Thursday, December 13, 2012
The December issue of Red Fez just went live! You can find my poem, Chasing Philosophy, listed under the poetry tab. An excerpt:
Per their website, “Red Fez is an artist-run organization determined to publish and promote creative, meaningful and accessible artistic pursuits and collaborations. Our mission is to provide opportunities for writers, artists and musicians to create, promote, publish and profit (in kind, in cash, in notoriety, in backrubs - hey artists will take whatever they can get these days!) from their work; and for readers, art enthusiasts and music fans to discover, connect and support art and artists meaningful and entertaining to them. We believe in accessible art and an accessible artistic community. Red Fez is a melting pot of people interested in creating, sharing and discovering writing, music, art and more.”
Submission guidelines can be found here.
Thank you, Michael Grover and all the staff at Red Fez.
Wednesday, December 12, 2012
Nathan Rosen, editor of the horror flash fiction site, MicroHorror, has announced the winners of the 2012 Short Story Contest. Three winning entries were chosen. It thrills me to announce my story, The Blood Worms was one of them.
And a big congrats to my fellow authors and their winning tales:
Chiseled by Caelin Beaty
Disturbing Art by Mara Morrigan
Saturday, December 8, 2012
eFiction publishes a variety of genre magazines (adventure, fantasy, horror, noir, romance, sci-fi, Steampunk, humor) every month. Submissions guidelines for their Steampunk issues can be found here. I highly recommend you spend some time exploring the many offerings they have available.
My poem, The Incurable Weight of the Breathless, appears in their latest Steampunk issue, eSteampunk December 2012. The following is an excerpt of my poem:
My thanks to editor, Mandy Brown, whose valuable feedback was most appreciated.
Friday, December 7, 2012
Today’s recommendation is a departure from the often horrific, darker works I normally pimp. These particular poems explore one woman’s spirituality, spoken with a passionately, soothing persistence. This collection of nine poems by Krystal Lambert appears at Doxa: Nebraska Christian College's Undergraduate Literary Journal. From the opening lines of Pale Joy:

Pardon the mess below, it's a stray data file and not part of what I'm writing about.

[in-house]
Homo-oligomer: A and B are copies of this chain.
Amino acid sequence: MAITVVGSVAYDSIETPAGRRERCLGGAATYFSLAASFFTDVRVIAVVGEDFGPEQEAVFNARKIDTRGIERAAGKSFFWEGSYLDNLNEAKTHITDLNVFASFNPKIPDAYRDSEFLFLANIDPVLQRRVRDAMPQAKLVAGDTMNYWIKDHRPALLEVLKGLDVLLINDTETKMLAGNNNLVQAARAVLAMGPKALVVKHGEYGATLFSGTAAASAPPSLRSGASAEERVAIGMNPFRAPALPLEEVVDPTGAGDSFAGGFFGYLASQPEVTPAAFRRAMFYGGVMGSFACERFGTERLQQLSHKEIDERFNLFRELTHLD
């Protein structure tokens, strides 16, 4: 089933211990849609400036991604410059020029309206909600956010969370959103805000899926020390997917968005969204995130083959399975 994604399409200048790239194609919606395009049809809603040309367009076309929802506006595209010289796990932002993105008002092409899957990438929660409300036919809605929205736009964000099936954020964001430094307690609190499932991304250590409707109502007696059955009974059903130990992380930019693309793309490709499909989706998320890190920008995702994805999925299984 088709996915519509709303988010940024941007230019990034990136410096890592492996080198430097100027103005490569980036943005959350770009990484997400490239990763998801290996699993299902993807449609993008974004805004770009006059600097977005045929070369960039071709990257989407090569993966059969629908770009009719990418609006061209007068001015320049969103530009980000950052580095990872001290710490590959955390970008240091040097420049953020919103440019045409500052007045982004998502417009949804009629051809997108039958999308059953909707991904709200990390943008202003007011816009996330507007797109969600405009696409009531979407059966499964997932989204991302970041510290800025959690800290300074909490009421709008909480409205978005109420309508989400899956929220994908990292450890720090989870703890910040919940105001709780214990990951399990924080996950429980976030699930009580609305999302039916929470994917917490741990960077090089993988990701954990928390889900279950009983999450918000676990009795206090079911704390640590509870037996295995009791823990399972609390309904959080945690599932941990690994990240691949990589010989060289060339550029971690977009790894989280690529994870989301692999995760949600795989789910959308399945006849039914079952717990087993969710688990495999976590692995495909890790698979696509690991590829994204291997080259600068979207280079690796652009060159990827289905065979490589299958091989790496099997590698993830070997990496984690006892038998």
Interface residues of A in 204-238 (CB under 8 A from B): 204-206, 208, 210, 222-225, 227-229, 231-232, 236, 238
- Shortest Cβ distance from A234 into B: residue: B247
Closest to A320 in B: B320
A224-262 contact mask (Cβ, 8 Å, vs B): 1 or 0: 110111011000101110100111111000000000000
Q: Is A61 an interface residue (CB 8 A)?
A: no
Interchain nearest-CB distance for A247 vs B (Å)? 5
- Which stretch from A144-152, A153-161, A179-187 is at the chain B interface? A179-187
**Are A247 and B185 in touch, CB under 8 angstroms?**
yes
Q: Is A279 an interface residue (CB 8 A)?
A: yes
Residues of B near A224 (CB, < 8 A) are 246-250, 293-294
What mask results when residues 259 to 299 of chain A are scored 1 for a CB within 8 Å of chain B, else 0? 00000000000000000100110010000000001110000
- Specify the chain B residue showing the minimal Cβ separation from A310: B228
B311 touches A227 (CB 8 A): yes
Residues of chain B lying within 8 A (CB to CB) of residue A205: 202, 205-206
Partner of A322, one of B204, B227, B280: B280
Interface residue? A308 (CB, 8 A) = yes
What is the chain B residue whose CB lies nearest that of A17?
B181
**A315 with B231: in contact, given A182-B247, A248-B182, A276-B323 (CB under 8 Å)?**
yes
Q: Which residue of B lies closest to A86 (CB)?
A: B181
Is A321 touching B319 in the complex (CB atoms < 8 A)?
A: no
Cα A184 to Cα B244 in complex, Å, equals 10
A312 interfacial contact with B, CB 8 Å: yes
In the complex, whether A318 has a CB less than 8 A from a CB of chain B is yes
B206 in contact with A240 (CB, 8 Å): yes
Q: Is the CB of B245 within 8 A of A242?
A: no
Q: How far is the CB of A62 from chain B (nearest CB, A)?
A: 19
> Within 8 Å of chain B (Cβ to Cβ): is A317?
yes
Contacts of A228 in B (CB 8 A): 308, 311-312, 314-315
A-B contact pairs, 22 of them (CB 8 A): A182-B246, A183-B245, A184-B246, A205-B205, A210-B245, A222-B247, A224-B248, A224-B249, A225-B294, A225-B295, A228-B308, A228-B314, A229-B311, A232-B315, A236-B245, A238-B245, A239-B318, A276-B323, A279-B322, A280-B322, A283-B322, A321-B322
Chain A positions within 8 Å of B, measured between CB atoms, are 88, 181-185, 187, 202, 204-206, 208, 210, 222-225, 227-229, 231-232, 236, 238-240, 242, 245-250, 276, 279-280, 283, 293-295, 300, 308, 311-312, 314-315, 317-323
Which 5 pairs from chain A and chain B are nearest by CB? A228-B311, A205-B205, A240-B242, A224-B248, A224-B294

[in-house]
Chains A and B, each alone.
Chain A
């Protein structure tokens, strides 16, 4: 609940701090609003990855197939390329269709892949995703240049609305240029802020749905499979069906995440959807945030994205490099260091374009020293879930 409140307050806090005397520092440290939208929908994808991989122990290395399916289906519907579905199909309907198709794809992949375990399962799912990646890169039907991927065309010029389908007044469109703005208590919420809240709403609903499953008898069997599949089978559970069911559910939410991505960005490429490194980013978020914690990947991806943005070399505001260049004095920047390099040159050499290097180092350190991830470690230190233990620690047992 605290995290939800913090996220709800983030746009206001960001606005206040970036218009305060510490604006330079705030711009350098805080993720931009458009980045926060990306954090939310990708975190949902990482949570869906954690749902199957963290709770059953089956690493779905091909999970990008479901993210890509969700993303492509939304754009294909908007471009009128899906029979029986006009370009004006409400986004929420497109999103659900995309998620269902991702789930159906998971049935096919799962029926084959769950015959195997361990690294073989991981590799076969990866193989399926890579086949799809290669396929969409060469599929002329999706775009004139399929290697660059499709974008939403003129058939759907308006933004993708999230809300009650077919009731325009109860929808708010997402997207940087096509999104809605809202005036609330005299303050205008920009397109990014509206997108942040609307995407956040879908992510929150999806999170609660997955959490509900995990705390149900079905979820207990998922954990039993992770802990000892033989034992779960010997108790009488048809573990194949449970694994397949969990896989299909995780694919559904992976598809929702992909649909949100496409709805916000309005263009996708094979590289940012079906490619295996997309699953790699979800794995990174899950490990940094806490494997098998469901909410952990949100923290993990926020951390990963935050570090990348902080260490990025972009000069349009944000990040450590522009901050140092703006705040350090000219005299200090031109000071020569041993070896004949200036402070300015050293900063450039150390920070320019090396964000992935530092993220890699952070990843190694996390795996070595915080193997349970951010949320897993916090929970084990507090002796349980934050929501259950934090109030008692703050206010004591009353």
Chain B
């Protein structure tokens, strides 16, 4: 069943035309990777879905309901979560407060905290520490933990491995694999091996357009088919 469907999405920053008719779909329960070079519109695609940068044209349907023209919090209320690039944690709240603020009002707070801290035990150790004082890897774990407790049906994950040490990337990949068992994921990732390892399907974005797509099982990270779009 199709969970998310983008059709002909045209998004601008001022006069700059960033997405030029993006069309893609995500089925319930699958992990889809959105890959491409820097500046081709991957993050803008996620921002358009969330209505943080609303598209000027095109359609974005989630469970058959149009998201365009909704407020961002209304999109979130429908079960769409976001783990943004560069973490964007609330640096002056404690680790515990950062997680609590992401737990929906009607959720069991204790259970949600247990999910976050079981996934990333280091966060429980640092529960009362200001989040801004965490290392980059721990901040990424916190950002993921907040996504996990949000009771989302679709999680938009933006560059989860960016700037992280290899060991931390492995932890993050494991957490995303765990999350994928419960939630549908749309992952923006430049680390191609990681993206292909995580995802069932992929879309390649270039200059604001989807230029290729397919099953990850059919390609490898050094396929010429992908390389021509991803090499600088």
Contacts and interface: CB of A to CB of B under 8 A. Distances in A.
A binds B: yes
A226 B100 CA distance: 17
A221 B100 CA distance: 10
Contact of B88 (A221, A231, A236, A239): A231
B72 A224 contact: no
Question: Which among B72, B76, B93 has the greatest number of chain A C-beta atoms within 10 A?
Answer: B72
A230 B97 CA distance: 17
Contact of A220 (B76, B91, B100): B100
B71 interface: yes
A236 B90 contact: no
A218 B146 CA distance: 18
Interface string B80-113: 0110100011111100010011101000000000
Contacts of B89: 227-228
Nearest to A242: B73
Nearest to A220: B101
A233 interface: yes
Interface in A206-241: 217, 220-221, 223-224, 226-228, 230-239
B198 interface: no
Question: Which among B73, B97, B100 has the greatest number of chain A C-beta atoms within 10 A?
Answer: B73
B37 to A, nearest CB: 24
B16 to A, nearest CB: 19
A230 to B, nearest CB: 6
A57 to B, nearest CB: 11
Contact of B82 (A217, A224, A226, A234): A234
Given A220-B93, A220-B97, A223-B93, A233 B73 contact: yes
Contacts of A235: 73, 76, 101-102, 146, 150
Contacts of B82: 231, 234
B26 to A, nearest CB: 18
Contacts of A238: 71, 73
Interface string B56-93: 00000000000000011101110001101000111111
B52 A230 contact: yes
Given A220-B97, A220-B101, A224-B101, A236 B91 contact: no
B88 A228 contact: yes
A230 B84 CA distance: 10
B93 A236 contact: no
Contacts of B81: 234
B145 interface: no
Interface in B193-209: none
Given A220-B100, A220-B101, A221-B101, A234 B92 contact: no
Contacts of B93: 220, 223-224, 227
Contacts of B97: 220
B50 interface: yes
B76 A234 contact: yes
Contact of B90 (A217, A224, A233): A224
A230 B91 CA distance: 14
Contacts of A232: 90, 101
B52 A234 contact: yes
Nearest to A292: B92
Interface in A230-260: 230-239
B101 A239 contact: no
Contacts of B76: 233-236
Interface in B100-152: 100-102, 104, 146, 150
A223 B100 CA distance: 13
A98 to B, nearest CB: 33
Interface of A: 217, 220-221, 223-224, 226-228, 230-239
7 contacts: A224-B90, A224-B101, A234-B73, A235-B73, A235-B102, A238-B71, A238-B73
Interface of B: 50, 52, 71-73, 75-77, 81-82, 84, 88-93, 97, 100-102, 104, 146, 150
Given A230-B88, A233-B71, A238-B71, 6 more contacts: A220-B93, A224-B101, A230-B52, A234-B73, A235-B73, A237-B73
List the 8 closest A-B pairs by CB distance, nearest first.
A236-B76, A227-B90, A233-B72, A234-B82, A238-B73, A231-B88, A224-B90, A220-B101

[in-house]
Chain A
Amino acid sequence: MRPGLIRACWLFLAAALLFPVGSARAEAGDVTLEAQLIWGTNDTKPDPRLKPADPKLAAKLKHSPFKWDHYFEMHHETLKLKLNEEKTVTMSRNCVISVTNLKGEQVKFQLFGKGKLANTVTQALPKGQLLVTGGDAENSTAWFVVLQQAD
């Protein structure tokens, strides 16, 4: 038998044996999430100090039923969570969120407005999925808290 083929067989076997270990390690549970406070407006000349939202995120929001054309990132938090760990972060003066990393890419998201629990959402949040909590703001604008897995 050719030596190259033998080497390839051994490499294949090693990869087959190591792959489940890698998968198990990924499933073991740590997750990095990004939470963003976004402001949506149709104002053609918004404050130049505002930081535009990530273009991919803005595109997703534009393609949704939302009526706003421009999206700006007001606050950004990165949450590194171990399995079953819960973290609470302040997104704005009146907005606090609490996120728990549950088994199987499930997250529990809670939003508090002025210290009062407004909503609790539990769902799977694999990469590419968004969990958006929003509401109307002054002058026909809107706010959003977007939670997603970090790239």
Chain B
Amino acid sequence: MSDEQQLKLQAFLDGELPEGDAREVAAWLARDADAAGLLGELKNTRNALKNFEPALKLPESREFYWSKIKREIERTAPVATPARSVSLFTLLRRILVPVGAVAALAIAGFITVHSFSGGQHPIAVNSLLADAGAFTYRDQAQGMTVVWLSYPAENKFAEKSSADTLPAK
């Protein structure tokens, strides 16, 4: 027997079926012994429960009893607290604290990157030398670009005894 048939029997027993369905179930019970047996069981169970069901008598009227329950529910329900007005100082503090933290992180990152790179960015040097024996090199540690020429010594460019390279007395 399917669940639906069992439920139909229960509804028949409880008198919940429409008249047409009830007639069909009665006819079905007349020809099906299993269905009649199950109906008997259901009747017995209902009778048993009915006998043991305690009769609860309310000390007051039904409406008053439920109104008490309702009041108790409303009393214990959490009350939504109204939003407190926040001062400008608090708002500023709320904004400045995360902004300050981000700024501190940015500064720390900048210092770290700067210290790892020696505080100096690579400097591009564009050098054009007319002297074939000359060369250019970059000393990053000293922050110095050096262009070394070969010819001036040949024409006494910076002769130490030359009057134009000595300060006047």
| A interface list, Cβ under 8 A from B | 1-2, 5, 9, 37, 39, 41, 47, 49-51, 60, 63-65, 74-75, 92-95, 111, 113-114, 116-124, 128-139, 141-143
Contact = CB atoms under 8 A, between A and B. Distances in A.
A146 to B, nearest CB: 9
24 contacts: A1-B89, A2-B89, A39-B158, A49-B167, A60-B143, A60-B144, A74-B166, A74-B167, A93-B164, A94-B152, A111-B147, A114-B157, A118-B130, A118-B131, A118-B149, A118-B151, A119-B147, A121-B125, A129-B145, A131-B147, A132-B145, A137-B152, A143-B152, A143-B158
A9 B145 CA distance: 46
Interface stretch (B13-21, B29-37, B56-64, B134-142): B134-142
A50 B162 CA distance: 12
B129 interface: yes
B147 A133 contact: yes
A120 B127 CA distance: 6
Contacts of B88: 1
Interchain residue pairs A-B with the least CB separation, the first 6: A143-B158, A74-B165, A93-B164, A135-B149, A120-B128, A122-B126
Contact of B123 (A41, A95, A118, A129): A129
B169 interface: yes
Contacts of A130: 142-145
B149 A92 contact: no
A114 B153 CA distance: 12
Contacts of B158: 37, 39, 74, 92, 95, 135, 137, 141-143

dear somber and sorrow
stop sleeping on my doorstep
stop sinking my heart
to the soulful pleas of her heartbreaking For Lovers:
breathe of beasts and baubles and beauty
wrap me in worth
torture me in tenderness
crown me in color
love me in lavender
that i might not find my heart in ashes
I was enamored with her honest and plainly-spoken prose. No matter what walk of faith you cling to, I believe a bit of her quiet divinity can offer something to ponder for days to come. Let’s face it, we can all benefit from a dose of optimism. I leave you with a passage from her thoughtfully stirring Temple of Bones:
Within my flesh
despite my filth
You place Your Spirit
among the wreckage.
Wednesday, December 5, 2012
Most online and print publications clearly state their preference for simultaneous submissions. Some will accept them; no problem. Some will accept them with stipulations. Some will absolutely not have anything to do with them.
By definition, a simultaneous submission is a completed manuscript (and here you can insert whatever specific type you choose: poem, flash fiction, short story, novella, novel, etc.) that the writer sends out to more than one publisher / editor. Every publication has a different response time, so the idea is for the writer to submit copies of their work to multiple publishers, thus increasing the chance for a ‘timely’ acceptance / rejection notification.
Examples of publisher preferences for simultaneous submissions:
Yes— Sundog Lit
Yes (with stipulations)— Boston Literary Magazine
If a writer’s work is accepted by one particular journal / magazine/ online pub/ press, it then becomes her responsibility to contact all the other publications she submitted to and inform them her work is no longer available for consideration.
This is where editors often run into a problem. They might love this writer’s work and want nothing more than to publish it but, unknown to them, it’s been accepted somewhere else… and the writer may have forgotten to communicate this fact. They may have already cleared the page space and closed submissions for their latest issue, and now they’ve lost the opportunity to present this writer’s work.
I guarantee this writer will never be welcome to submit to them again. For reals.
In my own opinion— and as the majority of publications I submit to are unpaid gigs— I see very little benefit in simultaneous submissions. Using myself as an example, I don’t let just any stranger hold my baby (my crafted words). I carefully choose where and to whom my work is sent. I want that publisher to take their time and really give my submission a fair shake before passing judgment. If rejected, I move on to plan B (always have a plan B thru Z) and submit elsewhere. And in reality, what’s the big hurry anyway? Use that anxious waiting time to continue creating new works.
The only time I consider submitting the same work to more than one publisher at a time is when there’s an opportunity to receive payment (if the selected publisher is open to this option). The benefit here is obvious— ker ching, ker ching… $$. BUT, if you’re lacking follow up skills, don’t bother as failing to alert publishers of acceptance elsewhere may burn bridges you may like to one day walk across.
In a nutshell, for me, I just don’t do it.
How do you feel about it?